• Module A – Internal production control.
• Module B – EC type-examination.
• Module C – Conformity to type.
• Module D – Production quality assurance.
• Module E – Product quality assurance.
• Module F – Product verification.
• Module G – Unit verification.
• Module H – Full quality assurance.
• Module H1 – Full quality assurance and Design Examination.
The level of risk is defined by the “category” of each equipment. The higher the category, the higher the risk. After defining the category, the manufacturer, in order to obtain certification, shall then apply the relevant procedures for the specific category of the product or choose the relevant procedures for a higher-category product. The manufacturer, after ensuring that the relevant modules for the product category have been applied, will affix the mark and draw up a Declaration of Conformity. The Declaration of Conformity contains a description of the product, the directive(s) and regulation(s) applied, the product category for each directive or regulation, the module chosen, and the name and registration number of the notified body involved in certification procedures (models).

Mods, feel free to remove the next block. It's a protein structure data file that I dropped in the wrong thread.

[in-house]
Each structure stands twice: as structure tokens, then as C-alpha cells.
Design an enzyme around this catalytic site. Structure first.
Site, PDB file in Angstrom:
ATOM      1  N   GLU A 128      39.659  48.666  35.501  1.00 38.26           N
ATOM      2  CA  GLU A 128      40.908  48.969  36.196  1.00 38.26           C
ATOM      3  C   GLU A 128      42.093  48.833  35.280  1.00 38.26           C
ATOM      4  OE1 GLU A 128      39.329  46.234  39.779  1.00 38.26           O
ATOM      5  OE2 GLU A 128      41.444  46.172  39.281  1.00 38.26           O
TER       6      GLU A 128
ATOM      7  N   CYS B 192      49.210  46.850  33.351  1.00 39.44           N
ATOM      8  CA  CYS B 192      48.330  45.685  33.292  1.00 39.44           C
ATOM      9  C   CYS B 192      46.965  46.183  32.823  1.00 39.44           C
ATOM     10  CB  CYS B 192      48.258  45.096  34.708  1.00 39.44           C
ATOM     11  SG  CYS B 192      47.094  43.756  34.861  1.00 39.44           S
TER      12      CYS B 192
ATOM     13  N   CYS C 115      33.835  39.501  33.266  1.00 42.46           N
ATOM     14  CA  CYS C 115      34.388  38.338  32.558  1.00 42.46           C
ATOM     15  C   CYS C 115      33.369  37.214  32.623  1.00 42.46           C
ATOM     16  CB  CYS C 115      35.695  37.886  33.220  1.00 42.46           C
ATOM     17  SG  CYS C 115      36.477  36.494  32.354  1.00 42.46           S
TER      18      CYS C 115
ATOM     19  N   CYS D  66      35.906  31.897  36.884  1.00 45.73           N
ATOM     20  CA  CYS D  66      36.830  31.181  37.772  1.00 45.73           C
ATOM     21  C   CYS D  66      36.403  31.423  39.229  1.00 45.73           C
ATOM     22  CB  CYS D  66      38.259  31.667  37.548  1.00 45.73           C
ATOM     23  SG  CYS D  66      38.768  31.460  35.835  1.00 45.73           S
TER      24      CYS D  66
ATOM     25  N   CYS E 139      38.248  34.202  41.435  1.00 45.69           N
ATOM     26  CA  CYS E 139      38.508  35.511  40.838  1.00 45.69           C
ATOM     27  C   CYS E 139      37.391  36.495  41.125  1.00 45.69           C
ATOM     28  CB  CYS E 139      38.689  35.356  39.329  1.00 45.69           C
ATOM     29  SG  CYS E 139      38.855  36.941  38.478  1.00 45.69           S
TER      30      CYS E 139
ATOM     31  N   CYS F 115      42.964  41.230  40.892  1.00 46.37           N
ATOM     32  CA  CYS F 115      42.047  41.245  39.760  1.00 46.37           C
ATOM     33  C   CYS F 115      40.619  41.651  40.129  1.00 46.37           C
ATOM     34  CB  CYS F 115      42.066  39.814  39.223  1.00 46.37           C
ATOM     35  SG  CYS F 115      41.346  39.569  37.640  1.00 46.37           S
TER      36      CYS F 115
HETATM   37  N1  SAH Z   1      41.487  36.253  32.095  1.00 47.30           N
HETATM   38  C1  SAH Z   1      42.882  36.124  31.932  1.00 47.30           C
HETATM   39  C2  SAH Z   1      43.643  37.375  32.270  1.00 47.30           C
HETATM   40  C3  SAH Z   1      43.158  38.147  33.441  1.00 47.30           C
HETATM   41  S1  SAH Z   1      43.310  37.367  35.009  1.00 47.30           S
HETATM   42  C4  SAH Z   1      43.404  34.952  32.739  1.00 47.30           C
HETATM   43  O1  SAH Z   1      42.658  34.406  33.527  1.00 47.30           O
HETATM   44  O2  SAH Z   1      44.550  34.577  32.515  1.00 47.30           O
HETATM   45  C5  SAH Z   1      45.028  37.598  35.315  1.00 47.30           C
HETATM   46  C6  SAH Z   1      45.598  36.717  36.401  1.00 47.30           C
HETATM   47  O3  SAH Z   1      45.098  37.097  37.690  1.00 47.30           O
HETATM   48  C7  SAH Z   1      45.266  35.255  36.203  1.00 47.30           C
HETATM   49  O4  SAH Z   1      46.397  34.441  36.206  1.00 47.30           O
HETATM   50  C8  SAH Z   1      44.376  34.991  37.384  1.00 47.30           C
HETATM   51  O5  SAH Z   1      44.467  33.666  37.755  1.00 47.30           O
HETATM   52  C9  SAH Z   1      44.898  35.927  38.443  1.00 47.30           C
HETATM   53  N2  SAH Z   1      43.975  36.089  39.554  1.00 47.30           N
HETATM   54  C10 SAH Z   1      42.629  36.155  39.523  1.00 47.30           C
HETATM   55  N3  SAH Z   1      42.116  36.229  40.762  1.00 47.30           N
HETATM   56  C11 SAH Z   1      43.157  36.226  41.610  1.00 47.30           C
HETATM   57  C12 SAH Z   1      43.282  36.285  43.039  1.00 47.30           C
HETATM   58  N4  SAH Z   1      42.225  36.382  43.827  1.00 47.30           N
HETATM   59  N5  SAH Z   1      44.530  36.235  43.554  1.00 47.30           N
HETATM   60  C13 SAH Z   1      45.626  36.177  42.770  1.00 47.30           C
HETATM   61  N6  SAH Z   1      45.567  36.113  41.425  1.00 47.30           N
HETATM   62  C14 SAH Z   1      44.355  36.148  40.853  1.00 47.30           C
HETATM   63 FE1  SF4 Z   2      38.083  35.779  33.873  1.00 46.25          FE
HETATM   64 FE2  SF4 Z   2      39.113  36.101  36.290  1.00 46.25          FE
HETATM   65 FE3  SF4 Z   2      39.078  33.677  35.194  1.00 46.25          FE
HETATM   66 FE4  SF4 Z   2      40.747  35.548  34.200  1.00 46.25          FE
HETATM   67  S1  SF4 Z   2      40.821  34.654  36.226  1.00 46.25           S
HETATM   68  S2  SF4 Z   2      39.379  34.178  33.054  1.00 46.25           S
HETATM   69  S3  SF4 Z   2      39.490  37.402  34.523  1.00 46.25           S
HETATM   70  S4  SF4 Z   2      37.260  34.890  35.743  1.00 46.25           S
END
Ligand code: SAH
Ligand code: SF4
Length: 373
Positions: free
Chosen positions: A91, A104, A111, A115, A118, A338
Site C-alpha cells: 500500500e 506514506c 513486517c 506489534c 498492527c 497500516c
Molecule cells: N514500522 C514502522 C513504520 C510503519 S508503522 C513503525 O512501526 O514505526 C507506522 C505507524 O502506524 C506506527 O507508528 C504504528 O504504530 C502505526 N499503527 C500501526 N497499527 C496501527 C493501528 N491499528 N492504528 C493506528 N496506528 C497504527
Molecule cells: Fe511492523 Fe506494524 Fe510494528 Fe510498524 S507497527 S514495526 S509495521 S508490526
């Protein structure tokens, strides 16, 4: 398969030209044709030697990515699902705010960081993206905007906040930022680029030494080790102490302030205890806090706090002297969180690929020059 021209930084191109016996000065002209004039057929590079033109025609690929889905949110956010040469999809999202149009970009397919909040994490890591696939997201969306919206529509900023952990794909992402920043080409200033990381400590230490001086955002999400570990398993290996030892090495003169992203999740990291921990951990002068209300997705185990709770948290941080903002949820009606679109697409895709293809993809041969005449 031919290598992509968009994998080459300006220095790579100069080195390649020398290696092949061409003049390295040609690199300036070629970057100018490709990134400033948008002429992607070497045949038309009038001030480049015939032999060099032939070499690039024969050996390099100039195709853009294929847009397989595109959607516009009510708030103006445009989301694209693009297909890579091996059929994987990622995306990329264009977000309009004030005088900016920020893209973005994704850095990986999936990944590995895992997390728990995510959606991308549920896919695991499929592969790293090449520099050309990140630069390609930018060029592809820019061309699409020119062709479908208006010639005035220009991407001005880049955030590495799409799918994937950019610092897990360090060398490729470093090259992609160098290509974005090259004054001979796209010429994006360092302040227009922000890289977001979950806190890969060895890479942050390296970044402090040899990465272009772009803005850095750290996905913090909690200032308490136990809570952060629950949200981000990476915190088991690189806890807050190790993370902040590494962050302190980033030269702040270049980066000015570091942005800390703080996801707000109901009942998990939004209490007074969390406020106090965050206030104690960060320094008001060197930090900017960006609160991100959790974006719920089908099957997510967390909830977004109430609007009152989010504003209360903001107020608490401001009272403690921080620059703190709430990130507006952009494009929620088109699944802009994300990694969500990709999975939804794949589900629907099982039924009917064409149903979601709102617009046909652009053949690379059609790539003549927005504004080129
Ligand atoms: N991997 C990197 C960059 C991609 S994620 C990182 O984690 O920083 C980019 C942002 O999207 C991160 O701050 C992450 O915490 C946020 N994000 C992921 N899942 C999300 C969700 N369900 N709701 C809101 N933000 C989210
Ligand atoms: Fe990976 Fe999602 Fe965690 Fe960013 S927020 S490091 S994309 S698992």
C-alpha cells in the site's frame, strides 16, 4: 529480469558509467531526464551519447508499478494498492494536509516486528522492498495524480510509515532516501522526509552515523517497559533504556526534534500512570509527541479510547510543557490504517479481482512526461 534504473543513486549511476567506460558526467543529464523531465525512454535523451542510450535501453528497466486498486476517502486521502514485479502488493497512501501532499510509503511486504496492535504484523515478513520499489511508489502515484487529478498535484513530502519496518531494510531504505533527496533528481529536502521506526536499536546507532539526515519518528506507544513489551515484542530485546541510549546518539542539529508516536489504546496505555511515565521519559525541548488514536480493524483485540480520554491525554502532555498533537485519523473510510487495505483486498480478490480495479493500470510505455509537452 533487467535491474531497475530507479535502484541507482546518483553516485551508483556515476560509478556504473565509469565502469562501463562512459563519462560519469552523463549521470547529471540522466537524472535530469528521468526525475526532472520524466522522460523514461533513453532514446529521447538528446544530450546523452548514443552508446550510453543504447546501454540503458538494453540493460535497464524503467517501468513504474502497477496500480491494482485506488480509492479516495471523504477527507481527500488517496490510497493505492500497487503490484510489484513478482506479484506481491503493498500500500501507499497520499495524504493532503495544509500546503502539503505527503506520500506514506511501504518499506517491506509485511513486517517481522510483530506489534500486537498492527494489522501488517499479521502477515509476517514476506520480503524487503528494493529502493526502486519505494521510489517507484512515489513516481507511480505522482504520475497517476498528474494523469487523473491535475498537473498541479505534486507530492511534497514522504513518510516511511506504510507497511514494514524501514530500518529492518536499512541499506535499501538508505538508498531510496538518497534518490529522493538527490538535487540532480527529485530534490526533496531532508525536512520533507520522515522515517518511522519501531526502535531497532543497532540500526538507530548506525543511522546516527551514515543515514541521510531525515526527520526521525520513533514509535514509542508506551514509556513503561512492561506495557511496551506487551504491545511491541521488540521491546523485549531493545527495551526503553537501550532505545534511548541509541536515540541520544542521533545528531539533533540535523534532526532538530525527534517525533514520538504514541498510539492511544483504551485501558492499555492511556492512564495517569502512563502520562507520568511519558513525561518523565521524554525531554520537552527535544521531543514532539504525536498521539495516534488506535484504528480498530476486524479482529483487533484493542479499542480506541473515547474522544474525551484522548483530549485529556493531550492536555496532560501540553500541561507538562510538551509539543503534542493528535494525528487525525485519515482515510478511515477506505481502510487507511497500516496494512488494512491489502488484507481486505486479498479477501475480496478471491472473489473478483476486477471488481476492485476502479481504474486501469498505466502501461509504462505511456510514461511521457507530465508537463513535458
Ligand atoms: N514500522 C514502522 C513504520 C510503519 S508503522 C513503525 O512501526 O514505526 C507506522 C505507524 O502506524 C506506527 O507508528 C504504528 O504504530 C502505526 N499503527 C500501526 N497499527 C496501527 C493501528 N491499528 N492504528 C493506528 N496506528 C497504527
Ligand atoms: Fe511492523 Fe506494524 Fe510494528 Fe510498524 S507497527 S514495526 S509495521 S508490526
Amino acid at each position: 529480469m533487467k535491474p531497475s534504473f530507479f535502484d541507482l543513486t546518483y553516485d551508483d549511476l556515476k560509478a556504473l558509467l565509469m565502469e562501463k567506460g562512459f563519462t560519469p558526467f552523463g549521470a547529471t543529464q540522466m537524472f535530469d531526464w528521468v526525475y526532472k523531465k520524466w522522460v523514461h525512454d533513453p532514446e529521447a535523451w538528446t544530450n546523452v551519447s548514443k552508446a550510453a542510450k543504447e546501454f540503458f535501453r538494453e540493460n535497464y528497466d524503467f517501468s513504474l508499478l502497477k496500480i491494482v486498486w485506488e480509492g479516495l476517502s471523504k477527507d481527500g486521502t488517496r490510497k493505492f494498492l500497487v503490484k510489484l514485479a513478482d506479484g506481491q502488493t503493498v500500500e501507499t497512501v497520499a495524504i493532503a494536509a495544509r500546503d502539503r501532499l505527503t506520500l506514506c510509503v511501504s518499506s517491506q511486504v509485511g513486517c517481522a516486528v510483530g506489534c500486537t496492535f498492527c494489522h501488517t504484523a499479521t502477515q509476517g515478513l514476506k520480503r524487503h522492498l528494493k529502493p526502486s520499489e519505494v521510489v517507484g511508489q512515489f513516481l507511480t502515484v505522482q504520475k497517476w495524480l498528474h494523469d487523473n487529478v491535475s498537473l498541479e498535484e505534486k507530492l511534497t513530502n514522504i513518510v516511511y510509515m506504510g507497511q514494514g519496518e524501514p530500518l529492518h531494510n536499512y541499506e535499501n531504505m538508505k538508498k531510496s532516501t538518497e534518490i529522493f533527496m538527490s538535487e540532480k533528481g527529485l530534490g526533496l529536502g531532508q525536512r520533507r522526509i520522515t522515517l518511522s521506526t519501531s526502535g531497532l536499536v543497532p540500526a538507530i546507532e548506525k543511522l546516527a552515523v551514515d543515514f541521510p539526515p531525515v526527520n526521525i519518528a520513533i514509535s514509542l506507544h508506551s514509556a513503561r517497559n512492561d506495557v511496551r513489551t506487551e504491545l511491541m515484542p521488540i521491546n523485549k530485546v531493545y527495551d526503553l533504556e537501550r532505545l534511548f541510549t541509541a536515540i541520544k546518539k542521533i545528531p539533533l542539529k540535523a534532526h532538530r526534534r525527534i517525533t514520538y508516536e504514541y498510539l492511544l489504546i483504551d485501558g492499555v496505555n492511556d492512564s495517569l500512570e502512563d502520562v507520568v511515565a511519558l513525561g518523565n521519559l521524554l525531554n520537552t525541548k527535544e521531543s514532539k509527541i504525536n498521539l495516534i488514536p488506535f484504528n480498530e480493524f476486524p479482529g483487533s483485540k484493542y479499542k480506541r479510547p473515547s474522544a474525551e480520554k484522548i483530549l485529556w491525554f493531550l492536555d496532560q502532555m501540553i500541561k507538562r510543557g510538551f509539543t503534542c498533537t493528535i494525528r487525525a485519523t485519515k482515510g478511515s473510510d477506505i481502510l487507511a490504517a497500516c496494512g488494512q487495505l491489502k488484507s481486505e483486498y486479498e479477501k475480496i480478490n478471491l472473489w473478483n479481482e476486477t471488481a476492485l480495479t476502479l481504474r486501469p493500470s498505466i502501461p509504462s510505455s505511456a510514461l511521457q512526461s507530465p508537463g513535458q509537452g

Notified bodies involved in certification procedures are organizations that have been nominated by a member state (according to an accreditation procedure) and have been notified by the European Commission. These notified bodies act as Independent Inspection organizations and carry out the procedures as listed in the relevant Modules applied as stated by the relevant directives and regulations. A manufacturer can choose any notified body (notified for the certain directive or regulation and relevant Modules) in any Member State of the European Union.
Rules underlying CE marking
The formal legal status of the mark is set out in various EU Directives and Regulations. The underlying principles are explained in the commission’s “Blue Guide”. Responsibility for CE marking lies with whoever puts the product on the market in the EU, i.e., an EU-based manufacturer, the importer or distributor of a product made outside the EU, or an EU-based office of a non-EU manufacturer.